Publication - Minutes

National Cancer Quality Steering Group action note: June 2021

Published: 27 Oct 2021
Date of meeting: 21 Jun 2021
Date of next meeting: 14 Sep 2021

Minutes from the meeting of the group in June 2021.

Published:
27 Oct 2021
National Cancer Quality Steering Group action note: June 2021

Attendees and apologies

Present

  • Seamus Teahan, Regional Lead Cancer Clinician, WoSCAN (Chair) (ST)
  • Lesley Aitken, Senior Reviewer, Healthcare Improvement Scotland (LA)
  • Bobby Alikhani, Regional Manager (Cancer), SCAN (BA)
  • Tiffany Bonnar, Programme Manager, HIS (TB)
  • Hugh Brown, National Primary Care Group, NHS Ayrshire and Arran (HB)
  • Seona Carnegie, Policy Manager, Cancer Policy Team, Scottish Government (SC)
  • Lorraine Cowie, Regional Manager, (Cancer), NCA (LC)
  • Jen Doherty, Project Co-ordinator, National Cancer Quality Programme (JD)
  • Hilary Glen, Consultant Medical Oncologist, NHSGGC (HG)
  • Rob Jones, Consultant Medical Oncologist, NHSGGC (RJ)
  • Gerard McMahon, Cancer Coalition, Prostate Cancer UK (GMcM)
  • Gregor McNie, Team Lead, Cancer Policy, Scottish Government (GMcN)
  • Noelle O’Rourke, National Lead for the Scottish Cancer Network (NO’R)
  • Peter Sandiford, Deputy National Clinical Lead, Cancer QPI Review Group, Healthcare Improvement Scotland (PS)
  • Lorraine Stirling, Project Officer, National Cancer Quality Programme (LS)
  • Elaine Strange, Head of Service, Public Health Scotland (ES)
  • Iain Tait, Consultant Surgeon and Clinical Director, NCA (IT)
  • Catherine Thomson, Service Manager (Population Health), Public Health Scotland (CT)
  • Evelyn Thomson, Regional Manager (Cancer), WoSCAN (ET)

Apologies

  • Matthew Barber, Consultant Breast Surgeon, NHS Lothian (MB)
  • Asa Dahle-Smith, Medical Oncologist, NCA (ADS)
  • David Dodds, Chief of Medicine for Regional Services, NHSGGC (DD)
  • Kevin Freeman-Ferguson, Head of Service Review, Healthcare Improvement Scotland (KFF)
  • Angela Jesudason, Paediatric Oncologist and Clinical Lead for the MSN CYPC Teenagers & Young Adults (AJ)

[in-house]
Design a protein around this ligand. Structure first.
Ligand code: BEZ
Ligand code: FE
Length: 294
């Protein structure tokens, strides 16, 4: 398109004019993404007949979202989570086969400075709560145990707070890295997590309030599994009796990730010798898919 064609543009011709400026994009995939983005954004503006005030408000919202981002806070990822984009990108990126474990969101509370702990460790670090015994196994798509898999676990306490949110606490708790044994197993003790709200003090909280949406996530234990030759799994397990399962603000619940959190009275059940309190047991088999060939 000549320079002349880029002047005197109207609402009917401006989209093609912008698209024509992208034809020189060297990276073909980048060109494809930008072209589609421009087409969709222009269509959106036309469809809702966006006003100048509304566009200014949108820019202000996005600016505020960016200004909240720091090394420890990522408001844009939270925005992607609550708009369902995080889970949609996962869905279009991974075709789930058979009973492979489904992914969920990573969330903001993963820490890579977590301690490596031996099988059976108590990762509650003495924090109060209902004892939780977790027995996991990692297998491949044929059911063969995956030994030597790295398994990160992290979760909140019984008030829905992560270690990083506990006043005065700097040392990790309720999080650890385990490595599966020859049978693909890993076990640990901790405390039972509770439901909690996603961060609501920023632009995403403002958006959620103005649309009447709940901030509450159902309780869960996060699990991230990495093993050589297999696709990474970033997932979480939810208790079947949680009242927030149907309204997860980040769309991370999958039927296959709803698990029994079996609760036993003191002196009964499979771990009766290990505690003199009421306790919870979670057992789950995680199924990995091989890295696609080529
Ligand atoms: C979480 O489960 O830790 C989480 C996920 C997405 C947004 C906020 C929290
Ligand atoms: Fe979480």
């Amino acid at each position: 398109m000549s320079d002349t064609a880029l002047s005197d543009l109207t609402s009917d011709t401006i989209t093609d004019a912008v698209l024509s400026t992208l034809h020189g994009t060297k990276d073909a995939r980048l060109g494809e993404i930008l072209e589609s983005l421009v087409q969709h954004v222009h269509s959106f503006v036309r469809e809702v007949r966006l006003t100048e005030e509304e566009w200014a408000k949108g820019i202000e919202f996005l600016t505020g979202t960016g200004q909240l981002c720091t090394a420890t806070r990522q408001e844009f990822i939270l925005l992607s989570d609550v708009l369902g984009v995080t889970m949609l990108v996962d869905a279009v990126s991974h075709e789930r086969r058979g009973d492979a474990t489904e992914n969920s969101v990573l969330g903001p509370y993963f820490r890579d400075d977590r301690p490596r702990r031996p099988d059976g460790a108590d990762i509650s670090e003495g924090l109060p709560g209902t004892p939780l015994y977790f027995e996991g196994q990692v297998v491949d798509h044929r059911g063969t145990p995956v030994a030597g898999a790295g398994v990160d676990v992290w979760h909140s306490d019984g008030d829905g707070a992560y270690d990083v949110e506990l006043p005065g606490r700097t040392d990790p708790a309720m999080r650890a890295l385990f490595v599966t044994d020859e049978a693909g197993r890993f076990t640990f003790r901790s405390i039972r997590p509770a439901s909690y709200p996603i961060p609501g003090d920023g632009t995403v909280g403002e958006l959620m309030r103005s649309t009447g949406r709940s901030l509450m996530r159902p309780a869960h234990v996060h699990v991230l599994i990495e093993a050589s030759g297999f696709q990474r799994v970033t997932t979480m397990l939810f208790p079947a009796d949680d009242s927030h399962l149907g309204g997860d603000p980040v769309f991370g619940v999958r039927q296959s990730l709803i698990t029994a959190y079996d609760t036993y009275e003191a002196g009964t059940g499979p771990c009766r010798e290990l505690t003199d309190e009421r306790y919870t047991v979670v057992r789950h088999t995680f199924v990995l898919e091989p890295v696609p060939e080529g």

• James Mander, Regional Lead Cancer Clinician, SCAN (Chair) (JM)
  • Sandra McDougall, Interim Depute Director, HIS (SMcD)
  • Hamish McRitchie, Clinical Lead Scottish Clinical Imaging Network (HMcR)
  • David Morrison, Director, Scottish Cancer Registry (DM)
  • Nadeem Siddiqui, National Clinical Lead, Cancer QPI Review Group, Healthcare Improvement Scotland (NS)
  • Stuart Thomas, Consultant Pathologist and Lead Clinician, Scottish Pathology Network (STH)
  • Simon Watson, Medical Director, Healthcare Improvement Scotland (SW)
  • Joris Van Der Horst, Consultant Respiratory Physician, NHSGGC (JVDH)

In attendance

  • Alastair Lawrie, Acute Leukaemia, Regional Clinical Lead, NCA (AL)
  • Grant McQuaker, Acute Leukaemia, Regional Clinical Lead, WoSCAN (GMcQ)
  • Huw Roddie, Acute Leukaemia, Regional Clinical Lead, SCAN (HR)

Items and actions

Welcome, apologies and declarations of interest

(a) ST welcomed the group and introduced new member Noelle O’Rourke (NO’R) to her first meeting as the National Lead for the Scottish Cancer Network. A note of apologies are listed above. No declarations of interest were noted.

Action notes and minutes from the previous meeting – paper 1

a) The group considered the previous action note held on 9th March 2021 (Paper 1) and approved as an accurate record with exception of the following amendment:

  • page 4, paragraph 5: It was also noted that cause specific analysis is more accurate as well as using net survival methodology. It was noted that net survival analysis is generally considered to be more accurate than cause-specific survival

Matters arising

Ovarian cancer – feedback from NCA on survival analysis action plan

LC informed the group that the ovarian cancer survival analysis action plan is going through regional governance via the medical directors group where progress is being reviewed monthly. Malcom Metcalfe, Deputy Director in NHS Grampian has been assigned the role of Improvement Lead and Chair of the MDT and is working with Boards on their improvement plans. It was noted that there has been a challenge with the MDT structure and all Boards are moving onto MS Teams to improve regional discussion and decision making. There are also a number of actions around patient pathways as well as standardised MDT forms to ensure all Boards record the same information. Key Performance Indicators have been implemented around decision making for surgery and there will be appropriate documentation to capture the reasons that patients are not selected for surgical treatment. 
ST advised that the Chairs of the NCQSG will write to Grant Archibald, Chief Executive of NHS Tayside to request if the action plan can now be shared with this group.

ST highlighted that progress has been made in ovarian cancer and the MDT solutions will help make change and improvement. GMcN advised that there is now a requirement to formally update the new cabinet secretary on this issue. Further discussion took place as to how the NCQSG address any similar issues around variation in the future in terms of accountability. Wider discussions are required to take place with key colleagues to formulate a plan ideally before the HIS review programme commences over the summer.
Seamus Teahan / James Mander

Ovarian cancer QPIs – PHS report